Since HPV-16 E5 causes growth inhibition and life span reduction of primary HFK cells (19), we examined whether CfPV2 E5 had similar activities. Primary HFK cells that were stably expressing either the nontagged or epitope-tagged E5 protein exhibited significantly decreased growth rates compared to control HFK cells transduced with vector (LXSN) (Fig. 5A and B). A similar inhibitory effect was observed when monitoring cell culture life span (Fig. (Fig.5C).5C). Control cells ceased proliferating after approximately 10 population doublings, whereas E5-expressing cells stopped dividing after approximately five population doublings. Finally, E5 induced a change in cell cycle distribution (Fig. (Fig.5D).5D). E5-expressing cells had an increase of cells in the G1 phase with a concomitant decrease in the S phase compared to the control cells. There were approximately 50% fewer E5 cells in S phase than those in the LXSN control. It is noteworthy that the HA-tagged E5 protein did not have significant differences for any of these activities compared to the untagged E5 protein.
Interestingly, when E5 was coexpressed with the CfPV2 E6/E7 genes, the growth inhibition, decreased life span, and cell cycle profile changes were minimized (Fig. (Fig.6).6). For example, there were no significant differences in growth rate or cell cycle distribution in the cells coexpressing E5, E6, and E7. There was still a significant inhibition of cell culture life span in cells expressing nontagged E5 protein, although it was much less prominent than the observations represented in Fig. Fig.5C,5C, in which E6/E7 was absent. Importantly, E5 mRNA expression levels were equivalent when expressed alone or in the presence of E6/E7 (Fig. (Fig.7).7). Thus, inhibition of E5 biological activity by the coexpression of E6/E7 is not mediated by inhibition of E5 gene expression.
Given its location in the ER membranes and its inhibition of cell growth, we postulated that E5 might be inducing ER stress. Therefore, we developed a real-time PCR method for quantifying ER stress via analysis of XBP1 mRNA splicing. XBP1 mRNA is spliced in response to ER stress through activation of IRE1 in the unfolded protein response (UPR) (12, 28, 54). The validity of this method for detecting spliced XBP1 mRNA was confirmed with primary HFK cells treated with tunicamycin (Tm), which induces ER stress by preventing glycosylation of proteins (50) (Fig. (Fig.8A).8A). Cells treated with Tm showed a threefold increase in the spliced form of XBP1 mRNA compared to untreated HFK cells. In stably transduced HFK lines, CfPV2 E5 and E5HA protein induced a 2.5- and 2.0-fold increase, respectively, in XBP1 mRNA splicing compared to the vector control (Fig. (Fig.8B).8B). However, when E5 was coexpressed with CfPV2 E6/E7, the change in XBP1 mRNA splicing was greatly reduced (Fig. (Fig.8C).8C). Again, there was no significant difference in the levels of XBP1 splicing between the tagged and untagged E5 proteins. These results demonstrate that E5 alone induces the UPR and that its effect is minimized by coexpression with E6/E7.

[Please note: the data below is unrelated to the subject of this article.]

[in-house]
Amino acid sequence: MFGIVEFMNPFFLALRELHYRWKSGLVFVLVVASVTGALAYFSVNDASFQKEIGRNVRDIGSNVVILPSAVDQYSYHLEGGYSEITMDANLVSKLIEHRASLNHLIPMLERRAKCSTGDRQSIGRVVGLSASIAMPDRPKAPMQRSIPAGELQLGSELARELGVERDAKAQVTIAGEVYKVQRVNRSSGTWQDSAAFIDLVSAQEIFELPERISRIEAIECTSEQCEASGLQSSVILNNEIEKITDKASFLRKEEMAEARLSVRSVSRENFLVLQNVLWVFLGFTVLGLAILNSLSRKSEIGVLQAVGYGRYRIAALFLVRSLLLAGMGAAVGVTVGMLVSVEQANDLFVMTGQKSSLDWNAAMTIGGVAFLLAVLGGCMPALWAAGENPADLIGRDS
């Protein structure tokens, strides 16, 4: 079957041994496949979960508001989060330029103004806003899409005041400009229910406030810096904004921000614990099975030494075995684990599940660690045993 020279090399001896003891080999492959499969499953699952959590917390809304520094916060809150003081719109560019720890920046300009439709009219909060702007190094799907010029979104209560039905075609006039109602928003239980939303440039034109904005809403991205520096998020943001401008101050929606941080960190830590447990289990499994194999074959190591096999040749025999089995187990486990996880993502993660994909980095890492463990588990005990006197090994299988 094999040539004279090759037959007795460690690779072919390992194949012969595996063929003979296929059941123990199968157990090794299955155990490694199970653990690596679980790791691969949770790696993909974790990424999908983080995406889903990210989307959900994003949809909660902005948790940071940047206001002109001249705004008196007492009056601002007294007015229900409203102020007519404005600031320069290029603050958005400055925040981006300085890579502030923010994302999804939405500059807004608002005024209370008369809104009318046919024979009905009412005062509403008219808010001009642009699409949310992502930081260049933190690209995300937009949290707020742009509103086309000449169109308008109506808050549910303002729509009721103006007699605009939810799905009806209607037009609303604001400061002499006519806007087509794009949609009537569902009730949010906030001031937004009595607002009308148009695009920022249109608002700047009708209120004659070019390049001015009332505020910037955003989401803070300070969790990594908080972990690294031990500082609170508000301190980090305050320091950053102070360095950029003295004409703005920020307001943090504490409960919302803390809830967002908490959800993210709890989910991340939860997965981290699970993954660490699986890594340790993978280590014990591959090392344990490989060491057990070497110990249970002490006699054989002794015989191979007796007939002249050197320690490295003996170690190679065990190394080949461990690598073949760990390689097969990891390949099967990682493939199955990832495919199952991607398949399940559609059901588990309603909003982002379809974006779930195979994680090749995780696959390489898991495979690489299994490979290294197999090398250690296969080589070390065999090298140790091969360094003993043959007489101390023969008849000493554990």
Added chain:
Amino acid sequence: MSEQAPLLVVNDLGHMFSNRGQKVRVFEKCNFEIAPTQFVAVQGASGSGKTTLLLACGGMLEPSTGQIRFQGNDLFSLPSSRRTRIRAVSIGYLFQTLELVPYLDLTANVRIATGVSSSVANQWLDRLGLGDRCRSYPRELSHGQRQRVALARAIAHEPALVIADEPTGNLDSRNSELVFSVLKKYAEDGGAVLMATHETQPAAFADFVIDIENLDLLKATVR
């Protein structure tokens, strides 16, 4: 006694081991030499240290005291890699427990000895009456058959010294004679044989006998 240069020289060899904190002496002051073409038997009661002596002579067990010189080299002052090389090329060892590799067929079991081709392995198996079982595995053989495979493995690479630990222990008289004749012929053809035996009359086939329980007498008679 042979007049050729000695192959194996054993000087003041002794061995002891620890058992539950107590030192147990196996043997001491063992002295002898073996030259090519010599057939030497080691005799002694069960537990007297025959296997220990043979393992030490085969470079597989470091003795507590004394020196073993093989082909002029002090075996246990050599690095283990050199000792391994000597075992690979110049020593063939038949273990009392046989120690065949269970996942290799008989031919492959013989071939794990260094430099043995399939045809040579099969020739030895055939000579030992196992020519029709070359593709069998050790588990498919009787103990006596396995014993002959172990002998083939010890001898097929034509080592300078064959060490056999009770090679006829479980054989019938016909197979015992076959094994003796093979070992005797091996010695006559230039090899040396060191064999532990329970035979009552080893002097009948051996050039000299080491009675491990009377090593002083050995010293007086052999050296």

It was a possibility that the induction of ER stress by the canine E5 protein might be the simple consequence of expressing a hydrophobic protein in the ER. However, the HPV 6b protein did not induce ER stress (Fig. (Fig.8D),8D), despite its known localization in the ER (16, 18, 19).